The 70th anniversary of United Nations peacekeeping efforts is an opportunity to look back to the evolution and the sheer complexity of peacekeeping. To maximise performance, it is also a moment to reflect on how such activities should be better coordinated and planned with regional partners.
The ongoing Combat Air Strategy under development within the Ministry of Defence faces a difficult choice, with significant capability, industrial and geopolitical cost trade-offs involved. The F-35 is at the centre of this dilemma.
A political dispute in Japan over an alleged cover-up in a UN peacekeeping operation in South Sudan highlights a bigger regional problem with international operations that are no longer about maintaining, but more about imposing, peace.
Niger’s President Mahamadou Issoufou was recently in Paris to discuss the fight against violent extremism in the Sahel with his French counterpart. The country faces a problematic security environment and must urgently address social, economic and governance challenges.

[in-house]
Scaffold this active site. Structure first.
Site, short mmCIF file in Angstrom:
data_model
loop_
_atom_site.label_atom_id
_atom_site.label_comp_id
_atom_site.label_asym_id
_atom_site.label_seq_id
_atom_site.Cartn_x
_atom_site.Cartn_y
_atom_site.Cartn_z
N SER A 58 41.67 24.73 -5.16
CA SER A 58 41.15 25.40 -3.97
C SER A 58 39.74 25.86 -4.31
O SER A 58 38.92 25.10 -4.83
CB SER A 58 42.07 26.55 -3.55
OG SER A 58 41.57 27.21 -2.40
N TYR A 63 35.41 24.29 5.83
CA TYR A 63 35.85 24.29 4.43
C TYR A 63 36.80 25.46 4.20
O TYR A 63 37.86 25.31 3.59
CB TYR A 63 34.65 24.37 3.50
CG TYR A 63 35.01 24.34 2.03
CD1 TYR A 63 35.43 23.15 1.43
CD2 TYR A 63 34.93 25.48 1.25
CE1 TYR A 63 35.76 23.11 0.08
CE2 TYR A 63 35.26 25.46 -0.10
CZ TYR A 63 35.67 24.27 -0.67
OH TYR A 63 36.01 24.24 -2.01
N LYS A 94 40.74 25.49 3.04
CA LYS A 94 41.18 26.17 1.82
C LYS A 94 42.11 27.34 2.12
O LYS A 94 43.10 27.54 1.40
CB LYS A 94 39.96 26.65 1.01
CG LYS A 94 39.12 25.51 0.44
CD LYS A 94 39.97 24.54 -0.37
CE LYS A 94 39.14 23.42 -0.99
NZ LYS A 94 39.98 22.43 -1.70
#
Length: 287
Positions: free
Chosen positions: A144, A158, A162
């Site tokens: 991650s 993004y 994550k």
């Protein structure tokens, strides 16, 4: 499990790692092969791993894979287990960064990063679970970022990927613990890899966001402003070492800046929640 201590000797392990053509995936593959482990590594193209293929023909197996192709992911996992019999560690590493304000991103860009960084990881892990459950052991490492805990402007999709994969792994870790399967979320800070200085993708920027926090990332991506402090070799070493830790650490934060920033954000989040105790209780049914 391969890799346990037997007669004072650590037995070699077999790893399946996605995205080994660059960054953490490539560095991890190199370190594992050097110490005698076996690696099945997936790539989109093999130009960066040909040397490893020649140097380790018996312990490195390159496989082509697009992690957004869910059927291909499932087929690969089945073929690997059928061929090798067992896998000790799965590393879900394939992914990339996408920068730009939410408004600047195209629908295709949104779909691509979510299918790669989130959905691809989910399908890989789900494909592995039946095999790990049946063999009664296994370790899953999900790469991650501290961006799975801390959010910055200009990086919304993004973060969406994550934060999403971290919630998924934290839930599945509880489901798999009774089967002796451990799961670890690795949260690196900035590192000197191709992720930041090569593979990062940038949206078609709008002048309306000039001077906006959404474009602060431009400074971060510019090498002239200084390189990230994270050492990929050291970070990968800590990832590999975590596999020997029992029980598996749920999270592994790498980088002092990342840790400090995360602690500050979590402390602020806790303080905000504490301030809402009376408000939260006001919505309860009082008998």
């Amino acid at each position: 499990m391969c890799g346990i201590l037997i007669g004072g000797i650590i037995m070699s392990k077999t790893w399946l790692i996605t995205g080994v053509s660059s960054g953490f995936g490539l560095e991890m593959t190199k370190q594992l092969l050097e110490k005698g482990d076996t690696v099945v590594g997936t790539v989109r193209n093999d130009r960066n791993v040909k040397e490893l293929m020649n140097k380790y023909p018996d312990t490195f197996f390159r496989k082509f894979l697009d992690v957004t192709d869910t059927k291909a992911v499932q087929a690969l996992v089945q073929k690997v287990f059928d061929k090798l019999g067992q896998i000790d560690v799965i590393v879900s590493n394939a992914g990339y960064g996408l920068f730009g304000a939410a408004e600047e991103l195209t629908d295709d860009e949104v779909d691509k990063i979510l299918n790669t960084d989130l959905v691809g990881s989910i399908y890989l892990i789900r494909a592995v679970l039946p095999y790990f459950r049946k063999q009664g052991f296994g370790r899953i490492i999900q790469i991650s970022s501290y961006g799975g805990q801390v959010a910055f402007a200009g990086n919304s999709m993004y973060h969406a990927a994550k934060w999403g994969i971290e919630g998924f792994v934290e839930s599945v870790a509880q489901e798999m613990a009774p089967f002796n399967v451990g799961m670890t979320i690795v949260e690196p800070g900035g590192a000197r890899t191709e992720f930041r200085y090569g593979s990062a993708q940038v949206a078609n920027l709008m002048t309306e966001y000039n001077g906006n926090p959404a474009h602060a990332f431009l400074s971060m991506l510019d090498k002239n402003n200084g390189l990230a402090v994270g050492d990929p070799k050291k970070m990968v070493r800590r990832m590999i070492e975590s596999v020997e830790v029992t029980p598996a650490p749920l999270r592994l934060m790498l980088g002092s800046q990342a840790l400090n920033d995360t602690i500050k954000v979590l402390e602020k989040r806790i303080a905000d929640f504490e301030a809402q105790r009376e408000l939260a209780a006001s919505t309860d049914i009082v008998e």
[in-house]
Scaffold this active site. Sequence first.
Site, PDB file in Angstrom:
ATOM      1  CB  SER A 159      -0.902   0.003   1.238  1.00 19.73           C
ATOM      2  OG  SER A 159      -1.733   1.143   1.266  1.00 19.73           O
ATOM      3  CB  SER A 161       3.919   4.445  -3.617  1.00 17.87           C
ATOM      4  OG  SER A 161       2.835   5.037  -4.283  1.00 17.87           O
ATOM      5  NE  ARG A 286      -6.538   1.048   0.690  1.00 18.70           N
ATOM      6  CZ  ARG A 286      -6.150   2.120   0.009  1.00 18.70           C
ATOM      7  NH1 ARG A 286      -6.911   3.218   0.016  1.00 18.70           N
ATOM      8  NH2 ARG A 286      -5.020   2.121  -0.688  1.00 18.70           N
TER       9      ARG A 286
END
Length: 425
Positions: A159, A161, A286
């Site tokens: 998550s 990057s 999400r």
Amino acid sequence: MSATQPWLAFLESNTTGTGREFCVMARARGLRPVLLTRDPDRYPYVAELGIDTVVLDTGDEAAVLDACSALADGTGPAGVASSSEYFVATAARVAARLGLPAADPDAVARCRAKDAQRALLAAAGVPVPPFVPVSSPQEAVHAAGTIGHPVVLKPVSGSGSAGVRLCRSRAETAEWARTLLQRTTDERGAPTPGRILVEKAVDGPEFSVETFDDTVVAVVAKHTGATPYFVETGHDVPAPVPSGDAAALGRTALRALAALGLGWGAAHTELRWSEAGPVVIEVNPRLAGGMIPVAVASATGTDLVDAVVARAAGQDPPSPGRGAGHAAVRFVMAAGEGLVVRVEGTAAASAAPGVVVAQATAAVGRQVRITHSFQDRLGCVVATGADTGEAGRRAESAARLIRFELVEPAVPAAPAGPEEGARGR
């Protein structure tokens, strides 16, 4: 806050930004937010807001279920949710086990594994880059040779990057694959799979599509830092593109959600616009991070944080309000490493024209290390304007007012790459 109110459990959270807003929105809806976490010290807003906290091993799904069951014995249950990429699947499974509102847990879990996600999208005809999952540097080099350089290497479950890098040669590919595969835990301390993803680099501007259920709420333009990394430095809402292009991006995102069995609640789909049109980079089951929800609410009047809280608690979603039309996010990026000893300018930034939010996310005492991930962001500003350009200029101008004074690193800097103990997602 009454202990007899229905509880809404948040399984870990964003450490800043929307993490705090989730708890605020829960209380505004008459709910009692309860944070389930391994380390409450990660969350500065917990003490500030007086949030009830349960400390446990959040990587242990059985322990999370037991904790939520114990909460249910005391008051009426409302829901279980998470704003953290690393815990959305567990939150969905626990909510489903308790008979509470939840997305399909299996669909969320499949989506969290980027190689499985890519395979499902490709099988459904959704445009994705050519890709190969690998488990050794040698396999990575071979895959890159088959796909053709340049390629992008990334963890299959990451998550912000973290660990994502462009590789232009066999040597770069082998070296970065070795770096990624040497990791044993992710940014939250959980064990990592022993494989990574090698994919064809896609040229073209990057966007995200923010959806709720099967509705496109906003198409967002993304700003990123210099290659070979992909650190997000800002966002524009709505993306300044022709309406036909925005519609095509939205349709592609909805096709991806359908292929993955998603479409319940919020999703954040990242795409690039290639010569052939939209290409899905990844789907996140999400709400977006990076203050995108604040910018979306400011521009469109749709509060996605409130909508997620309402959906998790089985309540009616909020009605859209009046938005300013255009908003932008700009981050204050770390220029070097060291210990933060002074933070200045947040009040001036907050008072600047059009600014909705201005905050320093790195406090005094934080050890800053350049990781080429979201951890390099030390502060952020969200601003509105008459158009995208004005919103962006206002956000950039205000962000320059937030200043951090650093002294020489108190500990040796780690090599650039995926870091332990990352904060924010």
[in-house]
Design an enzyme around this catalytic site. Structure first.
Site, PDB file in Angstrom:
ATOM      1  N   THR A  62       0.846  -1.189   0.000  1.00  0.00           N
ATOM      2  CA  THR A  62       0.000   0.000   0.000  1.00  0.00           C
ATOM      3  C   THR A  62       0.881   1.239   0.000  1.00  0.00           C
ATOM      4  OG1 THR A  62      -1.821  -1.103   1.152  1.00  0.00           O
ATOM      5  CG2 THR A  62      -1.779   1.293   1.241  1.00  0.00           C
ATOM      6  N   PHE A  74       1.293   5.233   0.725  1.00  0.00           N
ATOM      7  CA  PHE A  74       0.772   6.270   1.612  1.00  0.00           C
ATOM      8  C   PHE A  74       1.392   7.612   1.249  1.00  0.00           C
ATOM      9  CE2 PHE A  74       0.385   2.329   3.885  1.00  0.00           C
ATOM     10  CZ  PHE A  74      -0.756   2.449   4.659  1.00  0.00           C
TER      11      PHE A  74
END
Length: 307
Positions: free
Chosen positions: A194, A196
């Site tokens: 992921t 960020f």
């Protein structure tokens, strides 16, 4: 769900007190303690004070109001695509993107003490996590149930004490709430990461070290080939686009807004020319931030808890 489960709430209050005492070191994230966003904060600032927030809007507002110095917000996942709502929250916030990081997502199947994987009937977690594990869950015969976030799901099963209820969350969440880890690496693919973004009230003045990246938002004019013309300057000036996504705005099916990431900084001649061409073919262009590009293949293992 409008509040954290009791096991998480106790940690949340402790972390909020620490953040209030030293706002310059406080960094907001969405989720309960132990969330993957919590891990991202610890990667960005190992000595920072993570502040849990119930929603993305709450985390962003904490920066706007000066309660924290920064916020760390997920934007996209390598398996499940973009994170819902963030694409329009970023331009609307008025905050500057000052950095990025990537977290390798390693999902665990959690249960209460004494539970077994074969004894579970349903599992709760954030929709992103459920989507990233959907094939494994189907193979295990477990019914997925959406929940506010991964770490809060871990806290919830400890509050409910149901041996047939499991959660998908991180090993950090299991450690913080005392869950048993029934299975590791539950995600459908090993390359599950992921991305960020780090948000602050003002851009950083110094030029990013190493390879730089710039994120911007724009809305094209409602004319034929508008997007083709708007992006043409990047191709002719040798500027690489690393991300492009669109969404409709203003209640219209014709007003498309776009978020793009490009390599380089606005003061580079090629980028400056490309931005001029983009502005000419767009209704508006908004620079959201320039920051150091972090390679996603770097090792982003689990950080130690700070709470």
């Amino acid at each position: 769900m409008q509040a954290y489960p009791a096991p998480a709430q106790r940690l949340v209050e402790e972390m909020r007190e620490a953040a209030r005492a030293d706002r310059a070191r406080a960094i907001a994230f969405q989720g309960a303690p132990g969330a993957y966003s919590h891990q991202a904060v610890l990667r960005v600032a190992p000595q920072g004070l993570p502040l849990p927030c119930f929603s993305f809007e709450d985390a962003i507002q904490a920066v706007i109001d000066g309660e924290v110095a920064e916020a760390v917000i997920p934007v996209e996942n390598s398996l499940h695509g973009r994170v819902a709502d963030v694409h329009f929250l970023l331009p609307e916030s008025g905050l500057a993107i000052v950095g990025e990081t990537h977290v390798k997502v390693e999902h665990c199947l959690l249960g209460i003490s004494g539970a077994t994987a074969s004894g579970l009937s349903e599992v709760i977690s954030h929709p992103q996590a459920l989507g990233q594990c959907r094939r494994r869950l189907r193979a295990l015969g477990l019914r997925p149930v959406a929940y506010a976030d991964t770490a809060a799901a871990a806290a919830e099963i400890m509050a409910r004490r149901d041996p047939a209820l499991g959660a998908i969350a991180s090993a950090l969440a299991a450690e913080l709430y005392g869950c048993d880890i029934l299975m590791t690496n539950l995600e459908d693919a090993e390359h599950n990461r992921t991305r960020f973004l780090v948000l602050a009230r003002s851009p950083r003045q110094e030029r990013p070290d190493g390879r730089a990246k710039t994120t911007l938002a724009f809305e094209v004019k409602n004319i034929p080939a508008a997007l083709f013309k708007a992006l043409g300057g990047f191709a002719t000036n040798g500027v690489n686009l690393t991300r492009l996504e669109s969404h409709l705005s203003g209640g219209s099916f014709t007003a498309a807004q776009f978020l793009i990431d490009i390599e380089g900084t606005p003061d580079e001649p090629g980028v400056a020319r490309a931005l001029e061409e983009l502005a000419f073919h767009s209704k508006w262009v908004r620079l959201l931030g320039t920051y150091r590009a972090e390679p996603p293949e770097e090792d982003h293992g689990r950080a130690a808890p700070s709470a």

The illegal wildlife trade (IWT) is estimated to generate up to $23 billion per annum globally in illicit profits. Remarkably, it is still being treated as a wildlife crime rather than a form of organised crime, ignoring the financial dimension. A financial approach to tackling IWT is urgently needed.
The British Army’s new Strike concept has attracted much negative comment. But it is considerably more robust and well-founded than its critics claim, and it has the potential to offer infantry brigades the ability to march and manoeuvre under armour at far greater distances than is currently possible.